Do you like smash tv, Ghosts and Goblins and Gauntlet? Well you’re in for a treat as the developers of the critically acclaimed Rock Boshers and Aqua Kitty bring you Iron Crypticle. Storyline is simple really, the princess has been captured and the Kings jewels have been stolen from the kingdom of Cryptonia. In place to gather the jewels and princess are four brave knights at the kings disposal. Knights are good like that, unless they are in a Transformers movie in which case they suck.
Storyline isn’t too important as the main strength of the game is it's gameplay. You travel through catacombs, graveyards and dungeons with ghastly beasts waiting to ambush you at your arrival. The action is top down and with the option of four player multiplayer it is a very fun party game.
The action is frantic and fast paced as you move quickly to dispel the incoming hordes. Being a big horror movie and game fan I was pleased to see a large variety of monsters looking to protect the stolen treasure. Ghouls, Zombies, Frankensteins Monsters, slimes and flaming skulls are just a few of the array of foes inline to be vanquished. Monster killing season is open and business... is good! How you take them down is very similar to arcade favourites such as Robotron and Smash TV. Use the left directional stick to move and right stick to fire in any direction you point. This method is very satisfying as it is very responsive and I never once came across a time when I was hit or killed through controller frustration or a method not offering complete and total dominion over my actions.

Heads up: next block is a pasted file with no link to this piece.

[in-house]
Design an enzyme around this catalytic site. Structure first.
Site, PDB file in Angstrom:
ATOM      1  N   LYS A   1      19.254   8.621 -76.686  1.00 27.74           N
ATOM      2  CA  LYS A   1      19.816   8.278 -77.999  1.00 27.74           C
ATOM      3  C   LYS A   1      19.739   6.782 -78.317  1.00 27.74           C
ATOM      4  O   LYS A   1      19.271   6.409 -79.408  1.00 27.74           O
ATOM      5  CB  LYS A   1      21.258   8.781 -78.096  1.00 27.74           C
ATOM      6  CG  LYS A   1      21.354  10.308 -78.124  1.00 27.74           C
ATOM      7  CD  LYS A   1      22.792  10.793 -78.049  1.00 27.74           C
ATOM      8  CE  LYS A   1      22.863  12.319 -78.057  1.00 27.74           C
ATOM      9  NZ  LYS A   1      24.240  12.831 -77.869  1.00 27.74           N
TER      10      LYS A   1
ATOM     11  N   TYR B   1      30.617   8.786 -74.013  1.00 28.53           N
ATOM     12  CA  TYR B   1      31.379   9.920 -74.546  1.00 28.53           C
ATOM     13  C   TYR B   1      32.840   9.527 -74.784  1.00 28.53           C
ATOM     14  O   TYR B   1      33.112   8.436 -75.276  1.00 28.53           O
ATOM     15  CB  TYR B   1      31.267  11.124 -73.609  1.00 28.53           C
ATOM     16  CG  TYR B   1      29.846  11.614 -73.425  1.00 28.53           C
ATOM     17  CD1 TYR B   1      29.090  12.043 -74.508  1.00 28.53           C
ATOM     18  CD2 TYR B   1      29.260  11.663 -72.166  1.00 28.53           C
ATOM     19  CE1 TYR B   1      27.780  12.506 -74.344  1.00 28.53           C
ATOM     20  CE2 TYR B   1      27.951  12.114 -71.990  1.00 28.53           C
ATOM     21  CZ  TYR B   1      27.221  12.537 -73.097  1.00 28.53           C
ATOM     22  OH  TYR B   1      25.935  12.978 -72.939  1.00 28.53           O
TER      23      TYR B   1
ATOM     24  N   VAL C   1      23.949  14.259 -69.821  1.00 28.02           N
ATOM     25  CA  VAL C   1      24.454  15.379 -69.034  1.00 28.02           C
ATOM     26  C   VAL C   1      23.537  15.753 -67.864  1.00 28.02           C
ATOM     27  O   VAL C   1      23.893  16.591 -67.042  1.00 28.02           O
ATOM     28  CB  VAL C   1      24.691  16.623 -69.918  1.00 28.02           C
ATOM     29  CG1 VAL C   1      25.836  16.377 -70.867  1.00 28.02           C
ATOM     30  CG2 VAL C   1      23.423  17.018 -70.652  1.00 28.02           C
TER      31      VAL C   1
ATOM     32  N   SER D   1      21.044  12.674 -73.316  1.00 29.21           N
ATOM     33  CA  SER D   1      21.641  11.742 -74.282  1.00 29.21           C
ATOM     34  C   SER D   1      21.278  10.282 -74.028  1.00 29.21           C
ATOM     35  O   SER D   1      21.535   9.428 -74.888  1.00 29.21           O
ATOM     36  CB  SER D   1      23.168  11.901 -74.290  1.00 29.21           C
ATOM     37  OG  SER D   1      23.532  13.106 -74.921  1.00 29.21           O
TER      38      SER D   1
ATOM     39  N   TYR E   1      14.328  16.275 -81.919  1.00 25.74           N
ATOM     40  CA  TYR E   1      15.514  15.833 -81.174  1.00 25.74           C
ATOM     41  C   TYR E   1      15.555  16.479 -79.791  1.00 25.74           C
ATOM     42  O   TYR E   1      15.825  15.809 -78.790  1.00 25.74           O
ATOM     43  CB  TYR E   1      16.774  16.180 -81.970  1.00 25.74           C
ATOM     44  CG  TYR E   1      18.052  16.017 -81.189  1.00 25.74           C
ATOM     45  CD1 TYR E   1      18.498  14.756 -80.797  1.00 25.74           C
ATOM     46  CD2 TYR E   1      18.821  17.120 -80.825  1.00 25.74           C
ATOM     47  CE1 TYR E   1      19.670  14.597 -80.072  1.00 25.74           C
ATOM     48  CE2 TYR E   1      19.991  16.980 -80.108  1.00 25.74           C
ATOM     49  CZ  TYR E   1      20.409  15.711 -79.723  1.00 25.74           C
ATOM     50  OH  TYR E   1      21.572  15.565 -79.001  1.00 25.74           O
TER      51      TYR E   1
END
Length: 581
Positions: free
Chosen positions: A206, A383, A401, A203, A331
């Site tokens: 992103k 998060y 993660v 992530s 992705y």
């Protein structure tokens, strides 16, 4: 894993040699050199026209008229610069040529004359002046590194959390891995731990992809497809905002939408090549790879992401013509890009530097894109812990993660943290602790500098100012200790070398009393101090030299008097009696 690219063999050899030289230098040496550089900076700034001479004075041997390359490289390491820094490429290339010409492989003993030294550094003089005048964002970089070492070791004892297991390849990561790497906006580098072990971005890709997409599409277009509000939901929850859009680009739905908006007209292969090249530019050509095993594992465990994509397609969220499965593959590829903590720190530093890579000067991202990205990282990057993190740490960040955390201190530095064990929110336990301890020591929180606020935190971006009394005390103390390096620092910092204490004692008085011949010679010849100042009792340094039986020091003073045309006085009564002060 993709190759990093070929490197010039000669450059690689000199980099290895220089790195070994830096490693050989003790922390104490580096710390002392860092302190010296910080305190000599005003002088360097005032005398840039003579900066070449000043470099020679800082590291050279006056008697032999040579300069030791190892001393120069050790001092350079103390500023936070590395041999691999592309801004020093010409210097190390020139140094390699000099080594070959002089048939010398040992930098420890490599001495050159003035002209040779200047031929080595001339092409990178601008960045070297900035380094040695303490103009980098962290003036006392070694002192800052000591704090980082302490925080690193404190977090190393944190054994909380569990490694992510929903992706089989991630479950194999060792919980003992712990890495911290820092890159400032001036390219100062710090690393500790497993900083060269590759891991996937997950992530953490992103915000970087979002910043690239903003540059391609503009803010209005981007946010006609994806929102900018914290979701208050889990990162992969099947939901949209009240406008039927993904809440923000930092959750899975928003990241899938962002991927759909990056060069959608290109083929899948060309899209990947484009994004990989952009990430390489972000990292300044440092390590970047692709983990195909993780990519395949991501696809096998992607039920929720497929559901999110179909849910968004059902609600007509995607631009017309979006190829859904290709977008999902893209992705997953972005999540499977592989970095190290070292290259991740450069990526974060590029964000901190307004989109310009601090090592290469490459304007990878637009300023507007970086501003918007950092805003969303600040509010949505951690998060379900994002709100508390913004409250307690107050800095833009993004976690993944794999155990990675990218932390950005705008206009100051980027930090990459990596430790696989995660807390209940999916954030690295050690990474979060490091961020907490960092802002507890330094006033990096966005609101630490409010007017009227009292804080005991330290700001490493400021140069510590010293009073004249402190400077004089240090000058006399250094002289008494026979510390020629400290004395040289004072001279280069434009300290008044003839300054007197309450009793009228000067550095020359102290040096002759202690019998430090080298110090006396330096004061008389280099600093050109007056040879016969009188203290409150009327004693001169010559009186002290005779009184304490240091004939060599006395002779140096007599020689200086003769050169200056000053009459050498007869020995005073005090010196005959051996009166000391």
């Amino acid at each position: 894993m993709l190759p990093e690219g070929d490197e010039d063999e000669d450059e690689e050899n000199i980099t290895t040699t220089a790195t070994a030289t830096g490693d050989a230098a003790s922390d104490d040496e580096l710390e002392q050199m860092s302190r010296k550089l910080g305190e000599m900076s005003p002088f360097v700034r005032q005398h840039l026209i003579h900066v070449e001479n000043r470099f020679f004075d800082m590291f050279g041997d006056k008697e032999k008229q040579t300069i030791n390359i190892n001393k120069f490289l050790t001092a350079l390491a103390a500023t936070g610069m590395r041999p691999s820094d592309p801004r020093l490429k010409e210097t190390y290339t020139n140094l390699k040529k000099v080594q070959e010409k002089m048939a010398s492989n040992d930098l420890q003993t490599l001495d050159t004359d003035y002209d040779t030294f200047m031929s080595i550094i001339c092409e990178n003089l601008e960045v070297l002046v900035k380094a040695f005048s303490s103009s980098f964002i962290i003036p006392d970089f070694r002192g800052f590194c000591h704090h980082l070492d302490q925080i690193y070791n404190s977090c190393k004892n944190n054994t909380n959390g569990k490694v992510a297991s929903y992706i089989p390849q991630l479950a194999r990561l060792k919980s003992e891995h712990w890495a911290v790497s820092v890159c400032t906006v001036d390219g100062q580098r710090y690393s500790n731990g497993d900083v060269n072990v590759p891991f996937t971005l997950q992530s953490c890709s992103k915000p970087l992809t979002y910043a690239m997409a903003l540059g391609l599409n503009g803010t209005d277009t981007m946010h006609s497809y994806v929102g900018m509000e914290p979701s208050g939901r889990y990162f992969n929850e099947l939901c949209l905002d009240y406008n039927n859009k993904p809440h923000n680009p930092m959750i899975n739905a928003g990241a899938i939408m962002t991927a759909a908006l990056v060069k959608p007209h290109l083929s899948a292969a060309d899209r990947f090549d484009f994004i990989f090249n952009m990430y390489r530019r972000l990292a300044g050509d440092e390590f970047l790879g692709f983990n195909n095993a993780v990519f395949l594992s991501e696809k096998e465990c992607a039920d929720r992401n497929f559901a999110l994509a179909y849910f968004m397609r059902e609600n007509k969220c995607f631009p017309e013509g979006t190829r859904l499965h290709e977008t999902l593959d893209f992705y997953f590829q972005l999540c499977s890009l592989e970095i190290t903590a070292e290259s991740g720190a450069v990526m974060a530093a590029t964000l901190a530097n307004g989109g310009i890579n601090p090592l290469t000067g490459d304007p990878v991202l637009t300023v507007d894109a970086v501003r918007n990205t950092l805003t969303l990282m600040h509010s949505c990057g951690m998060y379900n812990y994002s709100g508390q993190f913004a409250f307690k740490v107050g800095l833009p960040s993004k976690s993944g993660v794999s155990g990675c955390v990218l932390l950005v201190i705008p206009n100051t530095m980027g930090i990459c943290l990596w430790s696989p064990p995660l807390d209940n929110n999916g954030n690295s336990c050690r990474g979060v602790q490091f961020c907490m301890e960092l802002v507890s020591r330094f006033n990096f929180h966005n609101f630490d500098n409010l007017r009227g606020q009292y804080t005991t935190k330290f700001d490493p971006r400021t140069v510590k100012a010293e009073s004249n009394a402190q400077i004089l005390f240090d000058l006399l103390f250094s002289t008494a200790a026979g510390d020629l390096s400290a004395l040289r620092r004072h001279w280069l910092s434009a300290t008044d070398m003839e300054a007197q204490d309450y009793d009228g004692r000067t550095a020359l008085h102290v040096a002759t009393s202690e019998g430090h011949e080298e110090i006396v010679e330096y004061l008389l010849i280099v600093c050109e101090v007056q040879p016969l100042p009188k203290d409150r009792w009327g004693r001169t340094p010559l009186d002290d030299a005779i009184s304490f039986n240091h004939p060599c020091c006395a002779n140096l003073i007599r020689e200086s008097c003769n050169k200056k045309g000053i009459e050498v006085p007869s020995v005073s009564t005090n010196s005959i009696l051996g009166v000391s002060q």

The weapons, like the monsters, are of a large and good variety and the more you get on in the game the more weapons you unlock. Thus the playability is extended considerably as each weapon you unlock is a joy to unleash on the enemy. Another of the title's lovely nods to how the classic games of old kept you coming back for more with a promise of new things to explore with or in this case, use to inflict massive damage... yeah! With each weapon comes a "sub weapon" element which can be collected via picking up scrolls . These scrolls, with the simple press of the X button, can unleash devastating effects and with more to unlock there's serious fun in collecting every one.
Once you eliminate the ghouls and collect the treasure multiple doors will open and by checking the map you get to choose with area to traverse to next. Each level is timed, with a failure to finish levels promptly resulting in ghouls and Grim Reapers appearing. Immune to your firepower and after your precious life, this adds the sense of urgency to get a level done as quickly as possible and onto the next stage. Alongside the standard levels other levels open up including an arcade cab just sitting idly in the middle. With the old school cab you can play a game called castle crushers, a simple fun way of grabbing extra coins to help you along the way. The game changes to a side scroller and you jump over platforms to collect coins and cake as crumbling castle walls come falling behind you, failure to finish results in zero bonus coins. Big thumbs up for adding this neat little extra to variation to the game.